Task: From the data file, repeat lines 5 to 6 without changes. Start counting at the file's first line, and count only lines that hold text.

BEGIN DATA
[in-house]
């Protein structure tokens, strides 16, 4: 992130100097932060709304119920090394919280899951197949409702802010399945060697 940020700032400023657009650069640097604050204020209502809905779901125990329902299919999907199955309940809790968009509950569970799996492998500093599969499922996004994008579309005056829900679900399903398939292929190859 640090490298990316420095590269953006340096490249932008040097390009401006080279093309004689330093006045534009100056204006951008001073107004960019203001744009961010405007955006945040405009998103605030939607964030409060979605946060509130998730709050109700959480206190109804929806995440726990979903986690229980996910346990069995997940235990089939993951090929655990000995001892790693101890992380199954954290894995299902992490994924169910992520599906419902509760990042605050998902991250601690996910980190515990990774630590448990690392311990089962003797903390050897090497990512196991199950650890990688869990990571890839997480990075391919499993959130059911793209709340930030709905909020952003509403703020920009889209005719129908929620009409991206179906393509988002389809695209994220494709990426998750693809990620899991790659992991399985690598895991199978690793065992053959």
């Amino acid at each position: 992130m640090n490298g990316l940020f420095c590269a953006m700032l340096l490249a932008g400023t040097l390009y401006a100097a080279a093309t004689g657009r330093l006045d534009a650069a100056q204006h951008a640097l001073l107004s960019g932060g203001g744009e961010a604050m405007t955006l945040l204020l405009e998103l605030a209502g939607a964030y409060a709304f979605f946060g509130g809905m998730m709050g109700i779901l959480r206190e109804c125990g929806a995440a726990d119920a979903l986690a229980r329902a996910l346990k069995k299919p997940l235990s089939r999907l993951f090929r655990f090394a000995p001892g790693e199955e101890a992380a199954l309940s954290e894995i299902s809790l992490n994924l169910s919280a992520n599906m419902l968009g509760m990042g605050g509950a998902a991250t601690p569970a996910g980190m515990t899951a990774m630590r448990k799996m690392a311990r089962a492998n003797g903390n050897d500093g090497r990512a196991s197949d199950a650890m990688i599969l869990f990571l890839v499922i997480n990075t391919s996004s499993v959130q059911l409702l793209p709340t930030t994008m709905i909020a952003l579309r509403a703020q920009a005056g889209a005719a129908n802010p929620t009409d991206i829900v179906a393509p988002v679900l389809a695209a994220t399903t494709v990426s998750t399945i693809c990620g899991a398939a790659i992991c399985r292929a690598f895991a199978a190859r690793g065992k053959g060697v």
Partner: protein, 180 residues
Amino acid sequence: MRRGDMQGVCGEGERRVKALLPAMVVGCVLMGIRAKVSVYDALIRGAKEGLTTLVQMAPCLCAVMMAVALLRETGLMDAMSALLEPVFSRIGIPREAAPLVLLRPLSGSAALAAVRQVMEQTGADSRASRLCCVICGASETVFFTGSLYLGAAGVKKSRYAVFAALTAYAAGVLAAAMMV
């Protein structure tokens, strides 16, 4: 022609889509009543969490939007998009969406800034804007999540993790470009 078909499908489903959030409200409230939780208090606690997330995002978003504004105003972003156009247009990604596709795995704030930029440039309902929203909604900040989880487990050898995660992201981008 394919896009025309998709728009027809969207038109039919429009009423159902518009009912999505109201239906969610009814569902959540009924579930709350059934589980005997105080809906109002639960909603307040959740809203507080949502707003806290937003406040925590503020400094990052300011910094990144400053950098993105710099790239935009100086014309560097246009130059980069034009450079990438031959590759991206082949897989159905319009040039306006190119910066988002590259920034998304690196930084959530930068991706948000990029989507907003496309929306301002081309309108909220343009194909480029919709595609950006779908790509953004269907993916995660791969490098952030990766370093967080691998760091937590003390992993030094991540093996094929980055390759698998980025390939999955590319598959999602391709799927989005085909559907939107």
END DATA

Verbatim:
Amino acid sequence: MRRGDMQGVCGEGERRVKALLPAMVVGCVLMGIRAKVSVYDALIRGAKEGLTTLVQMAPCLCAVMMAVALLRETGLMDAMSALLEPVFSRIGIPREAAPLVLLRPLSGSAALAAVRQVMEQTGADSRASRLCCVICGASETVFFTGSLYLGAAGVKKSRYAVFAALTAYAAGVLAAAMMV
């Protein structure tokens, strides 16, 4: 022609889509009543969490939007998009969406800034804007999540993790470009 078909499908489903959030409200409230939780208090606690997330995002978003504004105003972003156009247009990604596709795995704030930029440039309902929203909604900040989880487990050898995660992201981008 394919896009025309998709728009027809969207038109039919429009009423159902518009009912999505109201239906969610009814569902959540009924579930709350059934589980005997105080809906109002639960909603307040959740809203507080949502707003806290937003406040925590503020400094990052300011910094990144400053950098993105710099790239935009100086014309560097246009130059980069034009450079990438031959590759991206082949897989159905319009040039306006190119910066988002590259920034998304690196930084959530930068991706948000990029989507907003496309929306301002081309309108909220343009194909480029919709595609950006779908790509953004269907993916995660791969490098952030990766370093967080691998760091937590003390992993030094991540093996094929980055390759698998980025390939999955590319598959999602391709799927989005085909559907939107």